Mortgage rates fell once again and this time to the lowest level since Nov. 7, 2013, as the economic growth for the first quarter came in well below market expectations.
The latest Freddie Mac Primary Mortgage Market Survey recorded an average 30-year, fixed-rate mortgage of 4.21% for the week ending May 8, continuing to fall from 4.29% a week ago, but up from 3.42% a year earlier.
The 15-year FRM fell to 3.32%, compared to 3.38% a week ago and 2.61% in 2013.
The 5-year Treasury-indexed hybrid adjustable-rate mortgage remained frozen at 3.05%, but up from 2.58% last year.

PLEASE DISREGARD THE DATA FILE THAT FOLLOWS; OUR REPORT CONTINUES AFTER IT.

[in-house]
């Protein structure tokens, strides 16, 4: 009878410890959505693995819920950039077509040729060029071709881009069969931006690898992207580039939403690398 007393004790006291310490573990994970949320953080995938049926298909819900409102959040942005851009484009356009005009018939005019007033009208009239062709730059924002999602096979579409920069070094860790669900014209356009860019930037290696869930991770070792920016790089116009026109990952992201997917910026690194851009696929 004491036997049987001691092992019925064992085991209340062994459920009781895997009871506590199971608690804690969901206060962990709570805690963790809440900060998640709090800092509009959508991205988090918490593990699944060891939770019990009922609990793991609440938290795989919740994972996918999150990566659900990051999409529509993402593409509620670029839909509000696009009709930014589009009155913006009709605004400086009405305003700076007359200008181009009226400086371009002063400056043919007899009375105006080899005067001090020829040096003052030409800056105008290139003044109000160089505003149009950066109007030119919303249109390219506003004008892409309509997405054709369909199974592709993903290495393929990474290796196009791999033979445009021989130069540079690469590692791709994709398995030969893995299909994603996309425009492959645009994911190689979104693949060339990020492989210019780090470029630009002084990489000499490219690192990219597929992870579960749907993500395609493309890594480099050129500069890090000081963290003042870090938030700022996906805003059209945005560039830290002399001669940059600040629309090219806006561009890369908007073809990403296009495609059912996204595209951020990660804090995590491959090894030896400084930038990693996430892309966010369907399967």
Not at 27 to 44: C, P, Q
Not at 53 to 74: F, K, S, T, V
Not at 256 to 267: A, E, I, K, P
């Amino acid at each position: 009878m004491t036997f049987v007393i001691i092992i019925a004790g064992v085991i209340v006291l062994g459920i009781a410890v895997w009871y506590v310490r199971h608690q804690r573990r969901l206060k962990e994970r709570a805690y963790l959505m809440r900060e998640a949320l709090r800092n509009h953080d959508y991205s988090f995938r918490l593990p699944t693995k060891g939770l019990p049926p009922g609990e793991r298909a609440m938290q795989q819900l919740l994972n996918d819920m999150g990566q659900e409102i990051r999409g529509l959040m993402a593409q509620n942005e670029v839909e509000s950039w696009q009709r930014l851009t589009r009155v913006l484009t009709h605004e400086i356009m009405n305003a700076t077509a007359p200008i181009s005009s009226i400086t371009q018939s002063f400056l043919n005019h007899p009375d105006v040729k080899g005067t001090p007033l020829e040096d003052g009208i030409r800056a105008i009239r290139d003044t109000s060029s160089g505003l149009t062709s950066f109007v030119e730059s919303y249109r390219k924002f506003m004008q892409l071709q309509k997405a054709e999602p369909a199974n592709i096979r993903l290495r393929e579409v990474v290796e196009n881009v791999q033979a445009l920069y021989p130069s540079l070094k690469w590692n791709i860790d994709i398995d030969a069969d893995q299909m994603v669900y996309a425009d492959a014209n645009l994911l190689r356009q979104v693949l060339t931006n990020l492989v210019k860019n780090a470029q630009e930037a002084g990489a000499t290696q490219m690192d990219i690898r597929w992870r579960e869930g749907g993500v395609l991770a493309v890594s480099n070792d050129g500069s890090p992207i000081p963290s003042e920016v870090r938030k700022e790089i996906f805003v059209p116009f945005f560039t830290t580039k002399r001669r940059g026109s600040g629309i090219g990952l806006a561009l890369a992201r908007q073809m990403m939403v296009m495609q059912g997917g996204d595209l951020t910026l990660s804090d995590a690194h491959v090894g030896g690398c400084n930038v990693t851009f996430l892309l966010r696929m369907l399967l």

The 1-year Treasury-indexed ARM declined to 2.43% this week, compared to 2.45% last week and 2.44% for the same period in 2013.
“Mortgage rates continued moving down following the decline in 10-year Treasury yields after a dismal report on real GDP growth in the first quarter,” Frank Nothaft, vice president and chief economist with Freddie Mac, said.
“Meanwhile, the economy added 288,000 jobs in April, the largest since January 2012, and followed an upward revision of 36,000 jobs for the prior two months. Also, the unemployment rate fell to 6.3%.”
Meanwhile, Bankrate posted a drop in mortgage rates too, with the 30-year, FRM decreasing to 4.37% from 4.44%.
The 15-year, FRM fell to 3.45%, rising from 3.51% last week, while the 5/1 ARM dipped to 3.34% from 3.35% a week prior.